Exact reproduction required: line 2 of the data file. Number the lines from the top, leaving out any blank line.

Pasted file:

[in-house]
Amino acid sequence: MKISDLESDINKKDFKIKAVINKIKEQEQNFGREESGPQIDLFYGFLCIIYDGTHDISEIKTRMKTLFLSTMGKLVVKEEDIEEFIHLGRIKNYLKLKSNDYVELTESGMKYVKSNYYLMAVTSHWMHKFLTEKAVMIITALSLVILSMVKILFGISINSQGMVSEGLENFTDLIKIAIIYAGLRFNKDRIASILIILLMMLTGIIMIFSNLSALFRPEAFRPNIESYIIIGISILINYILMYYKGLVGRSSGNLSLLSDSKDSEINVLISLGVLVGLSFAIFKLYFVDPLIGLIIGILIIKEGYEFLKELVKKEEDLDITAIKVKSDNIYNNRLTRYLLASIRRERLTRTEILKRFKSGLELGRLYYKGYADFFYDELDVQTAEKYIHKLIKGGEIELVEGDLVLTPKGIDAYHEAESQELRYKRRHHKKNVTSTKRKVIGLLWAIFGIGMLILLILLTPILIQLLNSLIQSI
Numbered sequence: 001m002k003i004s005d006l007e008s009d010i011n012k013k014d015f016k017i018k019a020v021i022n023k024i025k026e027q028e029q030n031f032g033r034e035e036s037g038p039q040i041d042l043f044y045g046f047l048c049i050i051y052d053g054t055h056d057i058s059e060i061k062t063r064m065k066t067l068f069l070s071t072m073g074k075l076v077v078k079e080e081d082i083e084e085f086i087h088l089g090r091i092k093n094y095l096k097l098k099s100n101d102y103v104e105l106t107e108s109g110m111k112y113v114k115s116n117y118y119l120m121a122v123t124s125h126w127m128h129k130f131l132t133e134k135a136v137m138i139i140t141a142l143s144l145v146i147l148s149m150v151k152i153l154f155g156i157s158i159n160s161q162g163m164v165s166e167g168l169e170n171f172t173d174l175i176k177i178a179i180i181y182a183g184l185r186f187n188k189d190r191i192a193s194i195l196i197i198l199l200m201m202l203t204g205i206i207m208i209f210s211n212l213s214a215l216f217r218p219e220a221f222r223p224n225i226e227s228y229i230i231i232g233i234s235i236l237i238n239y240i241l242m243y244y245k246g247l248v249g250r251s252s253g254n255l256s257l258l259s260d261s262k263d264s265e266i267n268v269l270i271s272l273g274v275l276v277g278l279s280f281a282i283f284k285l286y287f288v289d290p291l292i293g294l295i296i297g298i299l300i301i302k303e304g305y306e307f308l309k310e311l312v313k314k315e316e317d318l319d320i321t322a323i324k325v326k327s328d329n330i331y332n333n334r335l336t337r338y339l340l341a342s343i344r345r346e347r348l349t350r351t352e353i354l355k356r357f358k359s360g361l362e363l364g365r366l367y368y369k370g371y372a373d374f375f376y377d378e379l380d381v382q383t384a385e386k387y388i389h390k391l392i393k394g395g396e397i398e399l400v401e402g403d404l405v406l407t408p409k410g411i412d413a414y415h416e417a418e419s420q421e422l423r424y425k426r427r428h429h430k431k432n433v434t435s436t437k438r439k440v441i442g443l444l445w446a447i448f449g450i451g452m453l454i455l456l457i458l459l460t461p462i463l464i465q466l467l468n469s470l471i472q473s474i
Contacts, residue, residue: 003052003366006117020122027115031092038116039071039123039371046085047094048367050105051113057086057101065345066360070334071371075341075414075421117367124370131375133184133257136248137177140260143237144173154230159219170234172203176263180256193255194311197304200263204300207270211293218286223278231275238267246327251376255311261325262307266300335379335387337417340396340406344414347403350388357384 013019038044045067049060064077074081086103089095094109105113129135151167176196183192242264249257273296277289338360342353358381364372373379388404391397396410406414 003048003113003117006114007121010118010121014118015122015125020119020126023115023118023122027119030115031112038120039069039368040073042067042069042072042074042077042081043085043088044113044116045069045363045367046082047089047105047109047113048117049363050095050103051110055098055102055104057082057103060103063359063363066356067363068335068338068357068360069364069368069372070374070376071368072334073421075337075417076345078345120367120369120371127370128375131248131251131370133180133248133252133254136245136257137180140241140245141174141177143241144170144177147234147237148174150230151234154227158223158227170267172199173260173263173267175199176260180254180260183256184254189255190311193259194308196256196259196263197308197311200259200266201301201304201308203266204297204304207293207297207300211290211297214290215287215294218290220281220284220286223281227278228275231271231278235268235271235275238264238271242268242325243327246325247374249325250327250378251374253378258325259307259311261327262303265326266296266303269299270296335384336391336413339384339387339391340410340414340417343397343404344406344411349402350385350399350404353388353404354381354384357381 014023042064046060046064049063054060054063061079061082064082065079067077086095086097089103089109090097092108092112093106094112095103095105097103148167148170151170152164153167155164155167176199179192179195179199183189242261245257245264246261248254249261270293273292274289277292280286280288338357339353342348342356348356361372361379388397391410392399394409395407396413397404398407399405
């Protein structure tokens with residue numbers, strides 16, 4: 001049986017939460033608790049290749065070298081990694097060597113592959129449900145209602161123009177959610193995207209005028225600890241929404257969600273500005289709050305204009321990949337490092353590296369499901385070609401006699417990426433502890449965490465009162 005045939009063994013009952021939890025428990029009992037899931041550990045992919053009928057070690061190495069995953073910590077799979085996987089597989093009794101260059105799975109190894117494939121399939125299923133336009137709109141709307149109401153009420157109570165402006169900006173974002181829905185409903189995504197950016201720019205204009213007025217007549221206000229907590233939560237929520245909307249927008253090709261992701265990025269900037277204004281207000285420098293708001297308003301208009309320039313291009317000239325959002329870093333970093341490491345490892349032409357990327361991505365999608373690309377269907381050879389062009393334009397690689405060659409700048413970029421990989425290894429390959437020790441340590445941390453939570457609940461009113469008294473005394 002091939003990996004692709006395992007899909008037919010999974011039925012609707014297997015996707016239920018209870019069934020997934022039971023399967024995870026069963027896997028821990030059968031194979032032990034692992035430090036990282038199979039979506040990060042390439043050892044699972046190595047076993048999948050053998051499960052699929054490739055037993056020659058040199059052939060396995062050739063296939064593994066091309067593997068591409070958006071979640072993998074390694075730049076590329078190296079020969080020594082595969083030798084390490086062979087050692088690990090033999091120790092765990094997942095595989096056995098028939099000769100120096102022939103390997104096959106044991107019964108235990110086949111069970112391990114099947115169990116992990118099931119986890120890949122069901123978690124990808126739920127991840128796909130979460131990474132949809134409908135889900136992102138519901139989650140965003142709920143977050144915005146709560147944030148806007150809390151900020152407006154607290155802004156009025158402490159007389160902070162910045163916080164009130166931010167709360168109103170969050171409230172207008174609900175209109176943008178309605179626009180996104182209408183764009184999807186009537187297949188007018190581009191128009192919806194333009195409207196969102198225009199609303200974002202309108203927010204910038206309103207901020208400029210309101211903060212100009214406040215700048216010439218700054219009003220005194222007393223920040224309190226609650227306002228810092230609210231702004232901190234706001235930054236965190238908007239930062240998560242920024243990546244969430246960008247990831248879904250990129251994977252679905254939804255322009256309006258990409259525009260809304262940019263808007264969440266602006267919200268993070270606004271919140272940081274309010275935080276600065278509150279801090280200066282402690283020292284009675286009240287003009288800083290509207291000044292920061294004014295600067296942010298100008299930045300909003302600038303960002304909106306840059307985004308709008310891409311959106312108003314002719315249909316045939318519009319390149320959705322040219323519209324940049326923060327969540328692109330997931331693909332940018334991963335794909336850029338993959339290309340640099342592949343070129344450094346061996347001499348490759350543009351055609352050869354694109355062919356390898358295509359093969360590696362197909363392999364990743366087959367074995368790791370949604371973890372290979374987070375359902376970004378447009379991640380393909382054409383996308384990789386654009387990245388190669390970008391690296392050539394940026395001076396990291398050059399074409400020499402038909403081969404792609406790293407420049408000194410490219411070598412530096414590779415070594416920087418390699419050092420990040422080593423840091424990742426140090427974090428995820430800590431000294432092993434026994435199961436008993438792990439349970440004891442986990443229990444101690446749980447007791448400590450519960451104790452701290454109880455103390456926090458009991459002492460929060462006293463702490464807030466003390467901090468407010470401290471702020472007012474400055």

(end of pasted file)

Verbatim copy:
Amino acid sequence: MKISDLESDINKKDFKIKAVINKIKEQEQNFGREESGPQIDLFYGFLCIIYDGTHDISEIKTRMKTLFLSTMGKLVVKEEDIEEFIHLGRIKNYLKLKSNDYVELTESGMKYVKSNYYLMAVTSHWMHKFLTEKAVMIITALSLVILSMVKILFGISINSQGMVSEGLENFTDLIKIAIIYAGLRFNKDRIASILIILLMMLTGIIMIFSNLSALFRPEAFRPNIESYIIIGISILINYILMYYKGLVGRSSGNLSLLSDSKDSEINVLISLGVLVGLSFAIFKLYFVDPLIGLIIGILIIKEGYEFLKELVKKEEDLDITAIKVKSDNIYNNRLTRYLLASIRRERLTRTEILKRFKSGLELGRLYYKGYADFFYDELDVQTAEKYIHKLIKGGEIELVEGDLVLTPKGIDAYHEAESQELRYKRRHHKKNVTSTKRKVIGLLWAIFGIGMLILLILLTPILIQLLNSLIQSI